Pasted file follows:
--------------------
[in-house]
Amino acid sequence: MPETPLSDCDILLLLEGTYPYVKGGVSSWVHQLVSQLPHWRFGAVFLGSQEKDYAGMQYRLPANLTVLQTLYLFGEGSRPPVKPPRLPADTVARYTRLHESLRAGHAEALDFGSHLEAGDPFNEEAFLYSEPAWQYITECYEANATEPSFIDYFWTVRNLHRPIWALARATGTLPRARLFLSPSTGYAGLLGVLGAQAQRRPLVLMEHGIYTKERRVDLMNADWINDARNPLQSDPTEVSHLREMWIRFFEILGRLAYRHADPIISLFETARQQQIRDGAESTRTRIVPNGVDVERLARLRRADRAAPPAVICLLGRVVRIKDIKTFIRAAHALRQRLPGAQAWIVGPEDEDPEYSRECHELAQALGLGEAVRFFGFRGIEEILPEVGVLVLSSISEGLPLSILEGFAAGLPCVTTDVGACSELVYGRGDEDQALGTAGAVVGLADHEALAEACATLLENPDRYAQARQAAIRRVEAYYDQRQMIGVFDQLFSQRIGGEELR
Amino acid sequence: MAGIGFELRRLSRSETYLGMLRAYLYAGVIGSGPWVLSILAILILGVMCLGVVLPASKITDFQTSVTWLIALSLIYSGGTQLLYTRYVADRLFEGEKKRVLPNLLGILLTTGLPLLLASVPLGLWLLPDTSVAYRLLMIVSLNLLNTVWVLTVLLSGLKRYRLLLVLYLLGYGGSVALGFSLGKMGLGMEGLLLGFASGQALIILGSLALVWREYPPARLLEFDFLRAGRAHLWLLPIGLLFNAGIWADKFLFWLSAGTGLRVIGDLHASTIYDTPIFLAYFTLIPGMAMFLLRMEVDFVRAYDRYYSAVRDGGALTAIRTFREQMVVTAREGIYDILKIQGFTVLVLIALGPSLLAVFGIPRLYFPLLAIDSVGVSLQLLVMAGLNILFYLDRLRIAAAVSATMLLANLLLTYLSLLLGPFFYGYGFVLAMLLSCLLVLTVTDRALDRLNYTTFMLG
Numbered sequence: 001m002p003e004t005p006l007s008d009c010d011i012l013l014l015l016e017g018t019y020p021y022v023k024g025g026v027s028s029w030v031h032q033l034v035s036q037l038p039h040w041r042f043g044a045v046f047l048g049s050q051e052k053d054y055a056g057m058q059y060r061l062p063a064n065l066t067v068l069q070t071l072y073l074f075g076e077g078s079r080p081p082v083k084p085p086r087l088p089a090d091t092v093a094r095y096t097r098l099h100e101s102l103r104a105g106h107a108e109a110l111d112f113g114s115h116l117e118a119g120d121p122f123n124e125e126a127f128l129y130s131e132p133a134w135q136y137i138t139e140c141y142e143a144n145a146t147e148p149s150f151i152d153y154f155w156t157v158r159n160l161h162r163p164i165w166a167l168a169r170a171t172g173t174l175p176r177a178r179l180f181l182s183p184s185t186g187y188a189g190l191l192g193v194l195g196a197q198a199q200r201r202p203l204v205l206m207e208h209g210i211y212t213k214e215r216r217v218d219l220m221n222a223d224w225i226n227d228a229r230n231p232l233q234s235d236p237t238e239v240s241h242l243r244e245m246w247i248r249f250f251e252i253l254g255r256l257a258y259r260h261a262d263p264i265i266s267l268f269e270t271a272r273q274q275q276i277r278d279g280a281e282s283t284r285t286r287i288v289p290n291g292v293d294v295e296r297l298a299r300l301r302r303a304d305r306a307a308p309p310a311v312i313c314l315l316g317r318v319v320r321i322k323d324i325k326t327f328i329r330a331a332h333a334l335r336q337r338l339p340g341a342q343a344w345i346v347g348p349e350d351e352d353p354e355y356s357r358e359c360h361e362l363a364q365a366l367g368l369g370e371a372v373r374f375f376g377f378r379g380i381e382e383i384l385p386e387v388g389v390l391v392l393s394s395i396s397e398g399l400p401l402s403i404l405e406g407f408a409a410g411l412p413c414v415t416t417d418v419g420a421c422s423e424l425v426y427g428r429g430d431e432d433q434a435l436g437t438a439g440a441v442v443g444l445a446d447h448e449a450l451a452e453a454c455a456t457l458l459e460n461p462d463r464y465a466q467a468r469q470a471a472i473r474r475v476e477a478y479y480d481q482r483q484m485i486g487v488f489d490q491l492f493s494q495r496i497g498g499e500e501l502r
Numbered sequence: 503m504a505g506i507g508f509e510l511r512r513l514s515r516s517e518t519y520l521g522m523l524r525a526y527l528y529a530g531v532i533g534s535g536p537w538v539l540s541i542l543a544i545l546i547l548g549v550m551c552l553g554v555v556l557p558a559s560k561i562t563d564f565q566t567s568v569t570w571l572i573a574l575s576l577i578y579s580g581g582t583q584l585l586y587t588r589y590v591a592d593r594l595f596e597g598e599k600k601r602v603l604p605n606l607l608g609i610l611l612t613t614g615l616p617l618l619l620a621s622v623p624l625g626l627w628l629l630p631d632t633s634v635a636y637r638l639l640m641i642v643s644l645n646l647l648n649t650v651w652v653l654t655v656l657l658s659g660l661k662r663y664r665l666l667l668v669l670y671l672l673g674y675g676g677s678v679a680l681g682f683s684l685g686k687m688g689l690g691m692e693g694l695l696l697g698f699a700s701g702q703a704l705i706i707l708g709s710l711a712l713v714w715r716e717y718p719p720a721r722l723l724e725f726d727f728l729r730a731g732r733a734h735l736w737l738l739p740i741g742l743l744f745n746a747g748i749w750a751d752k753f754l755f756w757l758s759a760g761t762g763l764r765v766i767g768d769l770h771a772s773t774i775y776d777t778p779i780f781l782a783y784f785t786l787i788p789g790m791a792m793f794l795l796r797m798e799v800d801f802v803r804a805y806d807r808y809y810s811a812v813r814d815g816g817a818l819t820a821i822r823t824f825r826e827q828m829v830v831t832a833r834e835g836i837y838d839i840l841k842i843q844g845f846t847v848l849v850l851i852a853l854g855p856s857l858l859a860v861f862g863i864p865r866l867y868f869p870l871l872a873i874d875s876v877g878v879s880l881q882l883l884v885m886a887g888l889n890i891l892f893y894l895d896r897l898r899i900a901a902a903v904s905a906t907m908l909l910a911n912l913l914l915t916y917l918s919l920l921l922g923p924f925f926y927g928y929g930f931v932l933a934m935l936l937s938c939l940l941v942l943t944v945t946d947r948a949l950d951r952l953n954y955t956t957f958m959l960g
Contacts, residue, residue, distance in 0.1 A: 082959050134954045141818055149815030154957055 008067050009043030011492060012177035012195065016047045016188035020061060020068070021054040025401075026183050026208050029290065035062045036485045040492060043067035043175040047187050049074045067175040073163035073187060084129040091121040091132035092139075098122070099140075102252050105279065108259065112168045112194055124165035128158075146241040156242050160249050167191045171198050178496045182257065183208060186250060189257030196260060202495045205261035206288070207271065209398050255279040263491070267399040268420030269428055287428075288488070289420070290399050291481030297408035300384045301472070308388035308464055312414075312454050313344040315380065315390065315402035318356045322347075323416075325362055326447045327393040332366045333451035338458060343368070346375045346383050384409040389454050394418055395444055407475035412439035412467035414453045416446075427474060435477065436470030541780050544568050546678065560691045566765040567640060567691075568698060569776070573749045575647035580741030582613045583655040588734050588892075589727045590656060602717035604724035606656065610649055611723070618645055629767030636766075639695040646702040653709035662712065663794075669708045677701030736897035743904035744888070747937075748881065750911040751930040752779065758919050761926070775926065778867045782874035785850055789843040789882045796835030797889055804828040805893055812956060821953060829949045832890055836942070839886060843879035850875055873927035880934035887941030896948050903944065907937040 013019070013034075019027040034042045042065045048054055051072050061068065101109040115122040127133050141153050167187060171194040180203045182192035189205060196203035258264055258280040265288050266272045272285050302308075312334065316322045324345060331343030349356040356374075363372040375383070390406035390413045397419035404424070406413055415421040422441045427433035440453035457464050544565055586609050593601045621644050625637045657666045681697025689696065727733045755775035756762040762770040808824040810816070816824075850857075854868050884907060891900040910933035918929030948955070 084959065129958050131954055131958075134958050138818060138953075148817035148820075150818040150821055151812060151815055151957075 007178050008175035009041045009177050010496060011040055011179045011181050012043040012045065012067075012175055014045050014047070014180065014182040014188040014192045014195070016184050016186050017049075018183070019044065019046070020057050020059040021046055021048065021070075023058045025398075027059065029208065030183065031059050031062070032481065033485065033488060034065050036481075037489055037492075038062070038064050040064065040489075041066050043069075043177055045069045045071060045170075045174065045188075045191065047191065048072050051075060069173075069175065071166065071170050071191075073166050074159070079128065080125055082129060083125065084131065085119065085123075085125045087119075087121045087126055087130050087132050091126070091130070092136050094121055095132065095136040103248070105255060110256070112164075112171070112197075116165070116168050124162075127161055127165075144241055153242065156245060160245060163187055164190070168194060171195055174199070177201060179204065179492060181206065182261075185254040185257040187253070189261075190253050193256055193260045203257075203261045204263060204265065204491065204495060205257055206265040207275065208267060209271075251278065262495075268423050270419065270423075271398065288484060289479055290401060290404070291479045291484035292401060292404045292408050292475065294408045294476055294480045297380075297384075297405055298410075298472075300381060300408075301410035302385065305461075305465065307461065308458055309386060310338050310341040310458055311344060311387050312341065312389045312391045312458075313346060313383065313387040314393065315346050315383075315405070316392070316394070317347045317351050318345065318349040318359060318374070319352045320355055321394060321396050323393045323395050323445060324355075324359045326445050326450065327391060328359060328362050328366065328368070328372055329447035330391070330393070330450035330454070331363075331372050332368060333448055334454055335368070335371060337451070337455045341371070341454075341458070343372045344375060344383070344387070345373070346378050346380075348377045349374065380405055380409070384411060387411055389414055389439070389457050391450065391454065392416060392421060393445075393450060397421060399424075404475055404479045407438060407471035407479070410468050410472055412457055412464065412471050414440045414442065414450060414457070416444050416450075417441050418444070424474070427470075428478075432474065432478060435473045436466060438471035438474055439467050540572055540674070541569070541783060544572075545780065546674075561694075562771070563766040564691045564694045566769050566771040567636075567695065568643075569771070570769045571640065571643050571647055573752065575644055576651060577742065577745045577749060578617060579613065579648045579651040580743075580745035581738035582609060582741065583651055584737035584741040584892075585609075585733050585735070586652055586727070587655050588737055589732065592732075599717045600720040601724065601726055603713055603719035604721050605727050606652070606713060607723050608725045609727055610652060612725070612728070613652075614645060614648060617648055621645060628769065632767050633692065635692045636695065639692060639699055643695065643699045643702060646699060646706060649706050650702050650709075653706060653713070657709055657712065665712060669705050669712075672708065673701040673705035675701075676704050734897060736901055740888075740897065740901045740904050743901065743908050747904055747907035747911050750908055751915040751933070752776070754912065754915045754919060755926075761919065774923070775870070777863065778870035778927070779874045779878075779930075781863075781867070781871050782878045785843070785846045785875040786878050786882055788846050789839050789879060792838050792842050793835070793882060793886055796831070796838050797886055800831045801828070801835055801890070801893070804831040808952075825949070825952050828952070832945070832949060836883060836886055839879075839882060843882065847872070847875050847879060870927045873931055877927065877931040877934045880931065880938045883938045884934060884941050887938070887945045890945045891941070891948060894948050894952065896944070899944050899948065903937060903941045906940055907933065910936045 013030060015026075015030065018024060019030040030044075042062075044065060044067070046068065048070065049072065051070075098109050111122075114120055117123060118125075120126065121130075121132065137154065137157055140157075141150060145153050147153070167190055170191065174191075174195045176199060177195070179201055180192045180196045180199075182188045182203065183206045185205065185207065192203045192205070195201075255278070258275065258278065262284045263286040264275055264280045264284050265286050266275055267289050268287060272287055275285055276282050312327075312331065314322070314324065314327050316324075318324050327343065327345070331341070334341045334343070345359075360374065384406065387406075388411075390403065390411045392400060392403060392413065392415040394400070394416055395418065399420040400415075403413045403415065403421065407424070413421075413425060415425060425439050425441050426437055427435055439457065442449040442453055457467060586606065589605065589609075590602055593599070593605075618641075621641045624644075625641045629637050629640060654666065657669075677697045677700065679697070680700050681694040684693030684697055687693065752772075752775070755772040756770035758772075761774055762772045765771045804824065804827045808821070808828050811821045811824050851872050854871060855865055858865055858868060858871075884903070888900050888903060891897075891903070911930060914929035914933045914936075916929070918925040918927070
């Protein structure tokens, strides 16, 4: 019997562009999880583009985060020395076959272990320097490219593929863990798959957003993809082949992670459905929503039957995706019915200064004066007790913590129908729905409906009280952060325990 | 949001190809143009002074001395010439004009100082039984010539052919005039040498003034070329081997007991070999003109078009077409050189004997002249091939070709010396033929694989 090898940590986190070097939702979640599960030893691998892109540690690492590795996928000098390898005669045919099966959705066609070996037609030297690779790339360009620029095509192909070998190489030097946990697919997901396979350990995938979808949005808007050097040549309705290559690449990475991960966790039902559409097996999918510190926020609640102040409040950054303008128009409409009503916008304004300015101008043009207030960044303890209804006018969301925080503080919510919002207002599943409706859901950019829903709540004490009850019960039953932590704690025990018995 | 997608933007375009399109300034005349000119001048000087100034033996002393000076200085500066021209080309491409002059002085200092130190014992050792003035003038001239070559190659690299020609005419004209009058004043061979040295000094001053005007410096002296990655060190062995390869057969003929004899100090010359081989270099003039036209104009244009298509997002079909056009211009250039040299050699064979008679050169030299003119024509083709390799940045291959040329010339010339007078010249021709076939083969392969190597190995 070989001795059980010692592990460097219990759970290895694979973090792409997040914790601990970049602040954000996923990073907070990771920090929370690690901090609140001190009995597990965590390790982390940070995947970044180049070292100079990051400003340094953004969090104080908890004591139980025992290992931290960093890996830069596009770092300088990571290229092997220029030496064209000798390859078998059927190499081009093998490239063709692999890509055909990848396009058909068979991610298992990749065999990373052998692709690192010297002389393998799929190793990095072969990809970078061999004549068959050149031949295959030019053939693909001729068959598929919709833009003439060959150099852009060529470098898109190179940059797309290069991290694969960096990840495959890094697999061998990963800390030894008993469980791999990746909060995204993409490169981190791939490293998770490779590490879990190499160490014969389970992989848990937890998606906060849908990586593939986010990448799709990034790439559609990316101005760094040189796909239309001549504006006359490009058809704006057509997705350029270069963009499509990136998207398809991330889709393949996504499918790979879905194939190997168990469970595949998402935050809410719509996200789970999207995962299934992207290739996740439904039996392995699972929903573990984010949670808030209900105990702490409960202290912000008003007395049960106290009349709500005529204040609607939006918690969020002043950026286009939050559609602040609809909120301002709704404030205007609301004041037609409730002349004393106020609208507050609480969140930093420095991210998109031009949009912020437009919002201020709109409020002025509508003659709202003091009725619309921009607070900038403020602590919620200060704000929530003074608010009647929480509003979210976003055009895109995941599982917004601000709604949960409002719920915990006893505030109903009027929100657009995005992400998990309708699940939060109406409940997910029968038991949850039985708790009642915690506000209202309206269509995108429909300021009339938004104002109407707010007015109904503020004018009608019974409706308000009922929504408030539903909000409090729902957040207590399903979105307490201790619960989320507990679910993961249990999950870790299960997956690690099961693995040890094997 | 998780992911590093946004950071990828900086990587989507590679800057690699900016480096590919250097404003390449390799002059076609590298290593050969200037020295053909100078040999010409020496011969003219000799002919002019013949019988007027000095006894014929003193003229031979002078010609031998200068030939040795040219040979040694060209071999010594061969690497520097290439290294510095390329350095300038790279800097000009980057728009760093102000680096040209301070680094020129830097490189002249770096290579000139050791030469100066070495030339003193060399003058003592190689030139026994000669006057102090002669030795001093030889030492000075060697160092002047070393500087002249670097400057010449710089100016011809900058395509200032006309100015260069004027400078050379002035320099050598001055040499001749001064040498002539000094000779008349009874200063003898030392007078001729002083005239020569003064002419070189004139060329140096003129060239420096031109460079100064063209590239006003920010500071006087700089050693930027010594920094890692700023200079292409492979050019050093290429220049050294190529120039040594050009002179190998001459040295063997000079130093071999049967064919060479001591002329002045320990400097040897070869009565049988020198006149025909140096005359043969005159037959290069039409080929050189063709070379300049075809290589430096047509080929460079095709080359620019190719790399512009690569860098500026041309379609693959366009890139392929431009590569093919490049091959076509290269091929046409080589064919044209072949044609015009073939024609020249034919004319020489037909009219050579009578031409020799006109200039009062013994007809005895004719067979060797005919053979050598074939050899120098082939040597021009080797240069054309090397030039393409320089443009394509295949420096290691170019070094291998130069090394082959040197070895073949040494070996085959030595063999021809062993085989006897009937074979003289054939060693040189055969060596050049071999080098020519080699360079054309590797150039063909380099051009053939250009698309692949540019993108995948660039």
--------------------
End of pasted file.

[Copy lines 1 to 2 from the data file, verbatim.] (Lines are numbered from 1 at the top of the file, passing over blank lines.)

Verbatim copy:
[in-house]
Amino acid sequence: MPETPLSDCDILLLLEGTYPYVKGGVSSWVHQLVSQLPHWRFGAVFLGSQEKDYAGMQYRLPANLTVLQTLYLFGEGSRPPVKPPRLPADTVARYTRLHESLRAGHAEALDFGSHLEAGDPFNEEAFLYSEPAWQYITECYEANATEPSFIDYFWTVRNLHRPIWALARATGTLPRARLFLSPSTGYAGLLGVLGAQAQRRPLVLMEHGIYTKERRVDLMNADWINDARNPLQSDPTEVSHLREMWIRFFEILGRLAYRHADPIISLFETARQQQIRDGAESTRTRIVPNGVDVERLARLRRADRAAPPAVICLLGRVVRIKDIKTFIRAAHALRQRLPGAQAWIVGPEDEDPEYSRECHELAQALGLGEAVRFFGFRGIEEILPEVGVLVLSSISEGLPLSILEGFAAGLPCVTTDVGACSELVYGRGDEDQALGTAGAVVGLADHEALAEACATLLENPDRYAQARQAAIRRVEAYYDQRQMIGVFDQLFSQRIGGEELR